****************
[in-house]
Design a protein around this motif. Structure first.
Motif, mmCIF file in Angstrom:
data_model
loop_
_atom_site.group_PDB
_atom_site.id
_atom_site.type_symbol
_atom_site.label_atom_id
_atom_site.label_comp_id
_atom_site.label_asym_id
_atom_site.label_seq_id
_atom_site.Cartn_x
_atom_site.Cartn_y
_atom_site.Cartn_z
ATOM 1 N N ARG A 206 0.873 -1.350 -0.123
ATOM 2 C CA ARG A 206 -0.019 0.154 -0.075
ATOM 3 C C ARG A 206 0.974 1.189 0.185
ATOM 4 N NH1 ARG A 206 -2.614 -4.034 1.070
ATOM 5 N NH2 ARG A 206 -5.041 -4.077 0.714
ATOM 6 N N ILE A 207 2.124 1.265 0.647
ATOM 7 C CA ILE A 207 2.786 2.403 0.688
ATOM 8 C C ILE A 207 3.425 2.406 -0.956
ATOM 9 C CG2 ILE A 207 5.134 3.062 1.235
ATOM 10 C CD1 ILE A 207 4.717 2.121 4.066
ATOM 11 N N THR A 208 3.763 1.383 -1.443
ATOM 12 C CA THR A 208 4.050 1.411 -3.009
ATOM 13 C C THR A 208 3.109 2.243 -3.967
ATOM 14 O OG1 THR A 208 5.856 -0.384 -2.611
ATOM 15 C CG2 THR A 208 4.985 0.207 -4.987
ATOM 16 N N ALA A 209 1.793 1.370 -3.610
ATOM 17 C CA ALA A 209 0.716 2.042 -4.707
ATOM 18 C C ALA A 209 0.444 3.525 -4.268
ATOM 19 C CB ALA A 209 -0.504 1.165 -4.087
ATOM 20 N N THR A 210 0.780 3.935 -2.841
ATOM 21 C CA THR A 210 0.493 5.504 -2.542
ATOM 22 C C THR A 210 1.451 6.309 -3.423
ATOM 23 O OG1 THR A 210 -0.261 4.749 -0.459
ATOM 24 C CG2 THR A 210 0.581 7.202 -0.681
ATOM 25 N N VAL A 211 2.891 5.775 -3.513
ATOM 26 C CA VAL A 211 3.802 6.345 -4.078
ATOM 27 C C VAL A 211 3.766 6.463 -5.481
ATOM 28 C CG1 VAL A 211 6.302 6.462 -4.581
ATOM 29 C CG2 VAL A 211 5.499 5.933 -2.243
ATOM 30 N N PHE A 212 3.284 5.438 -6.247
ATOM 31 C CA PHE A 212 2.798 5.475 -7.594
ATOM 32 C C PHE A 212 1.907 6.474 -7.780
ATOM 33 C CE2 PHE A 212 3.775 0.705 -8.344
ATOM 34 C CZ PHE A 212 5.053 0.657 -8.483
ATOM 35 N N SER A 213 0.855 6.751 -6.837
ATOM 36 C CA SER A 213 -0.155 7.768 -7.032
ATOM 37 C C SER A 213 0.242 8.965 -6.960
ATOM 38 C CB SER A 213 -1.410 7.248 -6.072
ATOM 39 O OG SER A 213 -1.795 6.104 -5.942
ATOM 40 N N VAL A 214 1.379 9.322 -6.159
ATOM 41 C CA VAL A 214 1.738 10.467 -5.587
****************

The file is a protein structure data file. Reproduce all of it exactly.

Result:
[in-house]
Design a protein around this motif. Structure first.
Motif, mmCIF file in Angstrom:
data_model
loop_
_atom_site.group_PDB
_atom_site.id
_atom_site.type_symbol
_atom_site.label_atom_id
_atom_site.label_comp_id
_atom_site.label_asym_id
_atom_site.label_seq_id
_atom_site.Cartn_x
_atom_site.Cartn_y
_atom_site.Cartn_z
ATOM 1 N N ARG A 206 0.873 -1.350 -0.123
ATOM 2 C CA ARG A 206 -0.019 0.154 -0.075
ATOM 3 C C ARG A 206 0.974 1.189 0.185
ATOM 4 N NH1 ARG A 206 -2.614 -4.034 1.070
ATOM 5 N NH2 ARG A 206 -5.041 -4.077 0.714
ATOM 6 N N ILE A 207 2.124 1.265 0.647
ATOM 7 C CA ILE A 207 2.786 2.403 0.688
ATOM 8 C C ILE A 207 3.425 2.406 -0.956
ATOM 9 C CG2 ILE A 207 5.134 3.062 1.235
ATOM 10 C CD1 ILE A 207 4.717 2.121 4.066
ATOM 11 N N THR A 208 3.763 1.383 -1.443
ATOM 12 C CA THR A 208 4.050 1.411 -3.009
ATOM 13 C C THR A 208 3.109 2.243 -3.967
ATOM 14 O OG1 THR A 208 5.856 -0.384 -2.611
ATOM 15 C CG2 THR A 208 4.985 0.207 -4.987
ATOM 16 N N ALA A 209 1.793 1.370 -3.610
ATOM 17 C CA ALA A 209 0.716 2.042 -4.707
ATOM 18 C C ALA A 209 0.444 3.525 -4.268
ATOM 19 C CB ALA A 209 -0.504 1.165 -4.087
ATOM 20 N N THR A 210 0.780 3.935 -2.841
ATOM 21 C CA THR A 210 0.493 5.504 -2.542
ATOM 22 C C THR A 210 1.451 6.309 -3.423
ATOM 23 O OG1 THR A 210 -0.261 4.749 -0.459
ATOM 24 C CG2 THR A 210 0.581 7.202 -0.681
ATOM 25 N N VAL A 211 2.891 5.775 -3.513
ATOM 26 C CA VAL A 211 3.802 6.345 -4.078
ATOM 27 C C VAL A 211 3.766 6.463 -5.481
ATOM 28 C CG1 VAL A 211 6.302 6.462 -4.581
ATOM 29 C CG2 VAL A 211 5.499 5.933 -2.243
ATOM 30 N N PHE A 212 3.284 5.438 -6.247
ATOM 31 C CA PHE A 212 2.798 5.475 -7.594
ATOM 32 C C PHE A 212 1.907 6.474 -7.780
ATOM 33 C CE2 PHE A 212 3.775 0.705 -8.344
ATOM 34 C CZ PHE A 212 5.053 0.657 -8.483
ATOM 35 N N SER A 213 0.855 6.751 -6.837
ATOM 36 C CA SER A 213 -0.155 7.768 -7.032
ATOM 37 C C SER A 213 0.242 8.965 -6.960
ATOM 38 C CB SER A 213 -1.410 7.248 -6.072
ATOM 39 O OG SER A 213 -1.795 6.104 -5.942
ATOM 40 N N VAL A 214 1.379 9.322 -6.159
ATOM 41 C CA VAL A 214 1.738 10.467 -5.587